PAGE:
The Danish consulting company Praqma A/S has developed an appreciated maturity model for Continuous Delivery. Here, co-founder Lars Kruse shares some of his experience and reflections.
Ever since the company was founded in Allerød, 25 km north of Copenhagen, Lars Kruse and his colleagues have been researchers in what they call ”The Science of Continuous Delivery Maturity Models”. Their results so far—or as Lars Kruse prefers to put it: ”a catalogue of observations”— can be downloaded as a pdf booklet from their web site. The central doctrine is that every commit is a potential release candidate – you just have to test it to see if it is – or isn’t.
For companies who are new to Continuous Delivery (CoDe), a good place to start is where you often find companies on the lowest level:
”If one of the areas should be pointed out as a slow starter it must be the test and QA area,” Lars Kruse says. ”It is in this area that the quality of your code base is revealed. You need a lot of quality measure points in order to make decisions about promoting or not and it is also this area that produces the metrics that you would want to visualize.”
For the company that hasn’t included a CoDe perspective from the beginning, it can be quite a daunting task to make the decision where to start. For instance adding static code analysis to an existing project is very easy, but it will probably reveal a lot of issues. To prioritize cleaning up the code may be hard, since it’s legacy and already working.
Hence, the visibility that is created from doing the analysis is categorized as noise. Unit testing and automating functional testing require that the application in question is designed to be testable. Access to test environments and consistent test data are also needed. Being too ambitious in this field may have an impact on the system architecture, the deployment process and the access to resources. If test and QA is treated more as an afterthought than an actual strategic point of focus, it has a negative impact on the CoDe maturity.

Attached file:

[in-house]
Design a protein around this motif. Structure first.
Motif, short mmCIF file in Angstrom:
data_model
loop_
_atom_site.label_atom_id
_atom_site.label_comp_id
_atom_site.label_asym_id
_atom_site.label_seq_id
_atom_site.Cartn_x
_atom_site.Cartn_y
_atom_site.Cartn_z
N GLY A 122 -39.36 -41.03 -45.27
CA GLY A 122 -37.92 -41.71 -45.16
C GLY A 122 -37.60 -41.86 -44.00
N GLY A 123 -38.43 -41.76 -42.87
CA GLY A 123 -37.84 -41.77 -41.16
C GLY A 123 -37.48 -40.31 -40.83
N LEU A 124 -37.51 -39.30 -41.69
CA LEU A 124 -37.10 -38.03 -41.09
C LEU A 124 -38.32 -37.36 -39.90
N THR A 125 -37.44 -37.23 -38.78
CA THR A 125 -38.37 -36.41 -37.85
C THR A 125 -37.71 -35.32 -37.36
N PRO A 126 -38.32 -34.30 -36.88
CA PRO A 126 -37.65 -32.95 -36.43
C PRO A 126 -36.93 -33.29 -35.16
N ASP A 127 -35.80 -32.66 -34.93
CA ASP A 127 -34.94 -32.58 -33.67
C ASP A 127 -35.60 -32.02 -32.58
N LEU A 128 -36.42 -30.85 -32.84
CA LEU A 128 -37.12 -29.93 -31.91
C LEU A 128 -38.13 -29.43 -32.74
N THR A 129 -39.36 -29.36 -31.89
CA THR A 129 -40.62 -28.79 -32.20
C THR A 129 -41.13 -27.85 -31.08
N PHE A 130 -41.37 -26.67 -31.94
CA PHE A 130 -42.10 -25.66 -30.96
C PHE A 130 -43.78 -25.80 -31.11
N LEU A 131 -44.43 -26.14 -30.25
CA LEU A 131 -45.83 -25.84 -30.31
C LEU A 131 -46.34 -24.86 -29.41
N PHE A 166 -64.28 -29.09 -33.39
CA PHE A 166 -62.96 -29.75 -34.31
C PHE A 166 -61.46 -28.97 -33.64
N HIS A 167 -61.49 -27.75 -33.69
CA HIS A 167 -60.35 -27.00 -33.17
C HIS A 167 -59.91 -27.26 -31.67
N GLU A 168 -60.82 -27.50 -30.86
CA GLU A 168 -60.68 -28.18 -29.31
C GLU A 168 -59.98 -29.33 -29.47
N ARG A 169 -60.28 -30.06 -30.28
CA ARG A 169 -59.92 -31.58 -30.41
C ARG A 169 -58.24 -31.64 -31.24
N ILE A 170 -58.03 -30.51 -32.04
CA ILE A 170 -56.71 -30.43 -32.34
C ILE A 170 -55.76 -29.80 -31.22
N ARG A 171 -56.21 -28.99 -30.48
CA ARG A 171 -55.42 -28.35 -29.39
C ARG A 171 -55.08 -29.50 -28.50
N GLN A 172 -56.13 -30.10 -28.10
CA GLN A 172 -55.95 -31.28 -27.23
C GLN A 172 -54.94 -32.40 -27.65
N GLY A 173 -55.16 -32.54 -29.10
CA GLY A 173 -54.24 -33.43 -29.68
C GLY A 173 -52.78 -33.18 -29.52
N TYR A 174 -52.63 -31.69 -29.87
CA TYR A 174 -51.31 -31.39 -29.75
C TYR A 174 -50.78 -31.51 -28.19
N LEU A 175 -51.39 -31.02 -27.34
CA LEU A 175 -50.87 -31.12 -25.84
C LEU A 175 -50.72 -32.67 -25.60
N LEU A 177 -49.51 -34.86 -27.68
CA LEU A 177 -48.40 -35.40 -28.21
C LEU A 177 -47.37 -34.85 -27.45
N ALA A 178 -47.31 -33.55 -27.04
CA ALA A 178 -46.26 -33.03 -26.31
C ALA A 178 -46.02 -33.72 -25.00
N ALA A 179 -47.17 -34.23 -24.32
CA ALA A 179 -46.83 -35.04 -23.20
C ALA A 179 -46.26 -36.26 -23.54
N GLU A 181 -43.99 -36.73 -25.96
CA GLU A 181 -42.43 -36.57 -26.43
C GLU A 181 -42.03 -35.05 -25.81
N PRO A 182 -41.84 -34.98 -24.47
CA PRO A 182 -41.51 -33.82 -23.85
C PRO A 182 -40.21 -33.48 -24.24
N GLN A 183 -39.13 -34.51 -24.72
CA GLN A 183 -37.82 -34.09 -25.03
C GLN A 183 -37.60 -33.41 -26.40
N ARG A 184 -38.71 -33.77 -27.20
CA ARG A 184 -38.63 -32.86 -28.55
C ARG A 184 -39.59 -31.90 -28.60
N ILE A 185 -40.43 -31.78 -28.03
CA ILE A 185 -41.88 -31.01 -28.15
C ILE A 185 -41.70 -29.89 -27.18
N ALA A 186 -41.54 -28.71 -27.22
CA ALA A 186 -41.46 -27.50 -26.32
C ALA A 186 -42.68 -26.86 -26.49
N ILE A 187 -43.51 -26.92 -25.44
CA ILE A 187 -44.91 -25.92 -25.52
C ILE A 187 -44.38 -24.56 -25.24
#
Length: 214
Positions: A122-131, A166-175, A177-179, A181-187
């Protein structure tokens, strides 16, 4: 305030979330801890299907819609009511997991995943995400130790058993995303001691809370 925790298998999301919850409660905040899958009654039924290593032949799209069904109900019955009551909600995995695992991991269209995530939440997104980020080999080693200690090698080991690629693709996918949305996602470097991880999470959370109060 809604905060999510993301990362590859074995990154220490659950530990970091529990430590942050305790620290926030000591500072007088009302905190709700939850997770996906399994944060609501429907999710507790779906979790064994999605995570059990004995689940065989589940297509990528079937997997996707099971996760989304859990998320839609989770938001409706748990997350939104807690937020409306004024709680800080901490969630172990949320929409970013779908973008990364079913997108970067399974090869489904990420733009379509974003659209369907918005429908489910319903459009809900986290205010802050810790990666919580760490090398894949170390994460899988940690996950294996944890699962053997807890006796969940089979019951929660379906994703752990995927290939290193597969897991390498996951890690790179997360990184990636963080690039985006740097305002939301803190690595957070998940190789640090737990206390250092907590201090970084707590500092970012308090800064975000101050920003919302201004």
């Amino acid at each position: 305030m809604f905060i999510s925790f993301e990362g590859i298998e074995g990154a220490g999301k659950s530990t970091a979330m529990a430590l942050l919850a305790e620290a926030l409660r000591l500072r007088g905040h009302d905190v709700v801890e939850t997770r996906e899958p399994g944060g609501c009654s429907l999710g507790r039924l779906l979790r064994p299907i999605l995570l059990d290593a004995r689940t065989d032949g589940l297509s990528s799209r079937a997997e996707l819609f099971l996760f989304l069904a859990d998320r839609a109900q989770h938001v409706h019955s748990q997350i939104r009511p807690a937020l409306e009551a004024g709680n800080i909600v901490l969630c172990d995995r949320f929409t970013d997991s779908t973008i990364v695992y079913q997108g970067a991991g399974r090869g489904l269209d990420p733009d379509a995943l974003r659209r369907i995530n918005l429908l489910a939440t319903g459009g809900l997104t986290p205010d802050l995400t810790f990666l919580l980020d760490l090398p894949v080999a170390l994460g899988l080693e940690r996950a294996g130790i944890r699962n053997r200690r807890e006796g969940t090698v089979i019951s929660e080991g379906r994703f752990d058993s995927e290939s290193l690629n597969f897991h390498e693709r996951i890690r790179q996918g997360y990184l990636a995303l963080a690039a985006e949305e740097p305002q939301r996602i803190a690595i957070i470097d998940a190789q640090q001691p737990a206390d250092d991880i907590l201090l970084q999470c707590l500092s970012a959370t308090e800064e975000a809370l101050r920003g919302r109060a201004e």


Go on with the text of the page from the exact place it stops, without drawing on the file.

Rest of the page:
”Test and QA may fall behind due to the fact that these are disciplines that developers traditionally have seen as being someone else’s responsibility,” says Lars Kruse. ”It’s all about embracing change: CoDe represents a shift in paradigm, and if you don’t make the shift and start thinking differently, old habits simply take over. Soon this area grows to become a ‘biggie’ with a lot of complexity involved and tentacles infiltrating every other area. As it gradually becomes a mess, projects tend to focus on other areas in order to show at least some CoDe progress. But it’s not the right approach; the biggest pains should be addressed first!”
SCM large container
In the CoDe model, Software Configuration Management is primarily defined as different levels of version control. Still there are other aspects of SCM that affect the level of maturity.
”I dare say that all the disciplines that are traditionally seen as belonging to the domain of Software Configuration Management affect CoDe. SCM is quite a large container for a lot of related disciplines. CoDe can to some extent be seen as offering a flow-oriented view of many of the same disciplines. In the model, we have distributed some of the obvious ones such as deployment, dependency management, maintenance of test data, and server provisioning into some of the other areas. The reason for this is basically that they are kind of cross area disciplines and having them all in the SCM area would simply clutter it. But other obvious SCM related areas such as task management, system architecture, and release strategies are not mentioned explicitly in the model. It’s not because we don’t find them important, but rather that they are fairly complex and generally require a high maturity level anyway. We’re trying to adapt to the doctrine that “a good model is a simple model”.
Pains & low hanging fruits
Lars Kruse and his colleagues recommend that organisations approach CoDe based on two main principles: